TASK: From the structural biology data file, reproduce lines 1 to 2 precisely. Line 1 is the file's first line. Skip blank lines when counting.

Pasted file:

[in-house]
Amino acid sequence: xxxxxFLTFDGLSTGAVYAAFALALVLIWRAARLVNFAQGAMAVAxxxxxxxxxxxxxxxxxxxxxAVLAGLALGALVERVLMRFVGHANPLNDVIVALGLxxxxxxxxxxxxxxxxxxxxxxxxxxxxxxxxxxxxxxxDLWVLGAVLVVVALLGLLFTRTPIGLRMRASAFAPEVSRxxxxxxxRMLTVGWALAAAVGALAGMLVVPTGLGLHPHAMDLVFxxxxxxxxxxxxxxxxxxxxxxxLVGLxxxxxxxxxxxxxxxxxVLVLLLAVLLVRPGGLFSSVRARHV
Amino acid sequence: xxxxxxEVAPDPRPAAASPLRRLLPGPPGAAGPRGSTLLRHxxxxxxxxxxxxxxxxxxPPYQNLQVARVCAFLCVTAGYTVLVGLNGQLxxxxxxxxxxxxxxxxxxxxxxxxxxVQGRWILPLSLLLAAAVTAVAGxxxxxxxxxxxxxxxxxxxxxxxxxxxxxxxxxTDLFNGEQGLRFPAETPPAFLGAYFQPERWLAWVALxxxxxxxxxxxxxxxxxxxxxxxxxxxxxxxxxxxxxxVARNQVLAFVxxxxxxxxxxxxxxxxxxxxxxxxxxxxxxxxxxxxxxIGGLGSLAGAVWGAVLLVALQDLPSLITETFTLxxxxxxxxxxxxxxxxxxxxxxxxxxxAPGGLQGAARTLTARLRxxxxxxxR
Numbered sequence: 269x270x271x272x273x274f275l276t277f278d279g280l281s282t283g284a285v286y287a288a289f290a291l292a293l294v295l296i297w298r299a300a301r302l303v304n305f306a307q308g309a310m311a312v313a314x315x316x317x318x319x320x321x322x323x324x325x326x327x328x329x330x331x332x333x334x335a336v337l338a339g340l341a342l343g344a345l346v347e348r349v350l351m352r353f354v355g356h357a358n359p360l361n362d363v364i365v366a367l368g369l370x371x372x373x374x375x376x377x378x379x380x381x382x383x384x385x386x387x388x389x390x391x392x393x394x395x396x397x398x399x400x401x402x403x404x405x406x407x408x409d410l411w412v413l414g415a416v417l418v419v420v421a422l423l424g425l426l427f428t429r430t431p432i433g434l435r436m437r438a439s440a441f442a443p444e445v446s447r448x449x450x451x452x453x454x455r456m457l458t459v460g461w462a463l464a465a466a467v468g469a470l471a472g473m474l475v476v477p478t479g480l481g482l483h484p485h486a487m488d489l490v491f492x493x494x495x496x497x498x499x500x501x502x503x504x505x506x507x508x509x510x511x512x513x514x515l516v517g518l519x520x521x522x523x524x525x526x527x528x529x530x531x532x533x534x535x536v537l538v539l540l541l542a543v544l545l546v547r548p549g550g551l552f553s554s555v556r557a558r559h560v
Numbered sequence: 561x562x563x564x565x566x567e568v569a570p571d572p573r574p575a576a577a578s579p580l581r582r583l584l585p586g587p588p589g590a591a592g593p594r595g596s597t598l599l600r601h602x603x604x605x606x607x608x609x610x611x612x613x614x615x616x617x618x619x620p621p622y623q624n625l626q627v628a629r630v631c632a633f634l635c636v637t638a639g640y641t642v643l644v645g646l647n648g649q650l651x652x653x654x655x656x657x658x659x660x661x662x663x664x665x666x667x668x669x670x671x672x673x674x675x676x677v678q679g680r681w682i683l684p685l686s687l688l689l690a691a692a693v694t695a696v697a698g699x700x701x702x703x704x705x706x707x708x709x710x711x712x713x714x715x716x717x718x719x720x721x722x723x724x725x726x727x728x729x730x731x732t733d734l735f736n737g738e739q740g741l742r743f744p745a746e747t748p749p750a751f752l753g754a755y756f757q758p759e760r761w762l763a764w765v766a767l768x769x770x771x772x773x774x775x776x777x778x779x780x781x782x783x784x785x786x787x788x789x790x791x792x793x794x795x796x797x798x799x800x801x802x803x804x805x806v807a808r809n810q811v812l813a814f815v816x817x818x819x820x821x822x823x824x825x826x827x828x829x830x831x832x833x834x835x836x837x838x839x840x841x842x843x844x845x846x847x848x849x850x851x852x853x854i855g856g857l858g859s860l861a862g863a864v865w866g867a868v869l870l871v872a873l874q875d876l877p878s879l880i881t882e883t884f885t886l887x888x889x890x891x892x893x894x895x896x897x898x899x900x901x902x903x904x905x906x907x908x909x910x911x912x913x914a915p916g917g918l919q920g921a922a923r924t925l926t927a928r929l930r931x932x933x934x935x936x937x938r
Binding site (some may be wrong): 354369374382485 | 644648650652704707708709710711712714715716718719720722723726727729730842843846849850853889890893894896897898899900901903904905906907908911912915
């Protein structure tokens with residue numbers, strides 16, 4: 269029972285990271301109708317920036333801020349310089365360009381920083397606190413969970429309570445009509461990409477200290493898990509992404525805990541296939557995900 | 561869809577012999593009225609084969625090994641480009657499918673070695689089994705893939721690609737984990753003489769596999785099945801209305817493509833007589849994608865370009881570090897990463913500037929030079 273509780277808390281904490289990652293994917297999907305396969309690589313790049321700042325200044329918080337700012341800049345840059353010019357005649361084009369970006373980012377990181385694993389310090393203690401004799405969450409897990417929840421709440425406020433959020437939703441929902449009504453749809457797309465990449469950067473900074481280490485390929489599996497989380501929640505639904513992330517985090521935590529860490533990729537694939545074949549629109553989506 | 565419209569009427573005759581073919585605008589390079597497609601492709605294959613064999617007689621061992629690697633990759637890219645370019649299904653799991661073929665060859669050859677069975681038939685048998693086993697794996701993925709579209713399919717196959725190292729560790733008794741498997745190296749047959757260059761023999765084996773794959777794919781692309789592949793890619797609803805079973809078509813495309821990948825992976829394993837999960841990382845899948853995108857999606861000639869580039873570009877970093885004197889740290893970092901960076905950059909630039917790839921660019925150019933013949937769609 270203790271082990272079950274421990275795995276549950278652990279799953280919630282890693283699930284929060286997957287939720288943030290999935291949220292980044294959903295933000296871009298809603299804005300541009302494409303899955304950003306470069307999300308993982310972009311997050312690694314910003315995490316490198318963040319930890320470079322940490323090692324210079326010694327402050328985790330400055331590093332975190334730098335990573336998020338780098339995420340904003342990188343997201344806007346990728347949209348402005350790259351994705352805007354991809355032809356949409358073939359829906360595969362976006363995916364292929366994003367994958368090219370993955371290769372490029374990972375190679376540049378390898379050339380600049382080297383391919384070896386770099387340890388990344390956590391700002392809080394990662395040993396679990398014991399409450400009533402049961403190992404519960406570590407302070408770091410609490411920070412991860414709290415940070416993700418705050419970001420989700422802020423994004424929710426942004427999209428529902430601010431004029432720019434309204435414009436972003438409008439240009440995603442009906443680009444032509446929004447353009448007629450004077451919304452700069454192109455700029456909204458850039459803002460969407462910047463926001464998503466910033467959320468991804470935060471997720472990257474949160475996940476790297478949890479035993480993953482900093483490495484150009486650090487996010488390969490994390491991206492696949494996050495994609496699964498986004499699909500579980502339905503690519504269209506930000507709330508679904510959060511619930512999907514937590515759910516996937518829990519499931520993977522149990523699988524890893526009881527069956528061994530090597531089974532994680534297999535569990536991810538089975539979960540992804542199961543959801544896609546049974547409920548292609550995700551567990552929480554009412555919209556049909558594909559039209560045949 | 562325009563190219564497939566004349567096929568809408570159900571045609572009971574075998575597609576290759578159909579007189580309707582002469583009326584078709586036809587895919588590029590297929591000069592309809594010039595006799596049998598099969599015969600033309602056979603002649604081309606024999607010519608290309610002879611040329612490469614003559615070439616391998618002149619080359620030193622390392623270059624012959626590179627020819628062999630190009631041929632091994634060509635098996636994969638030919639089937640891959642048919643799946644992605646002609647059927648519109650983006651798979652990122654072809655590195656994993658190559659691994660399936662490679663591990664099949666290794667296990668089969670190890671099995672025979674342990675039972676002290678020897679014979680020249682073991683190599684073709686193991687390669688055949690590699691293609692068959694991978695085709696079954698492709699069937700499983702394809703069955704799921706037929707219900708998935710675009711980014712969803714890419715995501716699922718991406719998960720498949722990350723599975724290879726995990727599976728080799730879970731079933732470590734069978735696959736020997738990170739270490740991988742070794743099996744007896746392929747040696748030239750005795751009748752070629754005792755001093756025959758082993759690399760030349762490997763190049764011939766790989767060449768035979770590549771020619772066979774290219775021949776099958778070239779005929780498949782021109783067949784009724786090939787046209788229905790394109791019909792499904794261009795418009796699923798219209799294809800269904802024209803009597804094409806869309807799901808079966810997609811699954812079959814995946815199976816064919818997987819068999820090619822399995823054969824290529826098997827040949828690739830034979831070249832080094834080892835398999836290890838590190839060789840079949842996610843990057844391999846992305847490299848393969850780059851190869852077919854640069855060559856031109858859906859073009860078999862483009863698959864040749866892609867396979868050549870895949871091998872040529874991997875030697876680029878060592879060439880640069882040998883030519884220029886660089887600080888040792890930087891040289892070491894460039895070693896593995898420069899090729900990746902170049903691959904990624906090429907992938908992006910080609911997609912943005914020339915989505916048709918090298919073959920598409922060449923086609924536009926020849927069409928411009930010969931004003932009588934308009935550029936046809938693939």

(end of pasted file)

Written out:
[in-house]
Amino acid sequence: xxxxxFLTFDGLSTGAVYAAFALALVLIWRAARLVNFAQGAMAVAxxxxxxxxxxxxxxxxxxxxxAVLAGLALGALVERVLMRFVGHANPLNDVIVALGLxxxxxxxxxxxxxxxxxxxxxxxxxxxxxxxxxxxxxxxDLWVLGAVLVVVALLGLLFTRTPIGLRMRASAFAPEVSRxxxxxxxRMLTVGWALAAAVGALAGMLVVPTGLGLHPHAMDLVFxxxxxxxxxxxxxxxxxxxxxxxLVGLxxxxxxxxxxxxxxxxxVLVLLLAVLLVRPGGLFSSVRARHV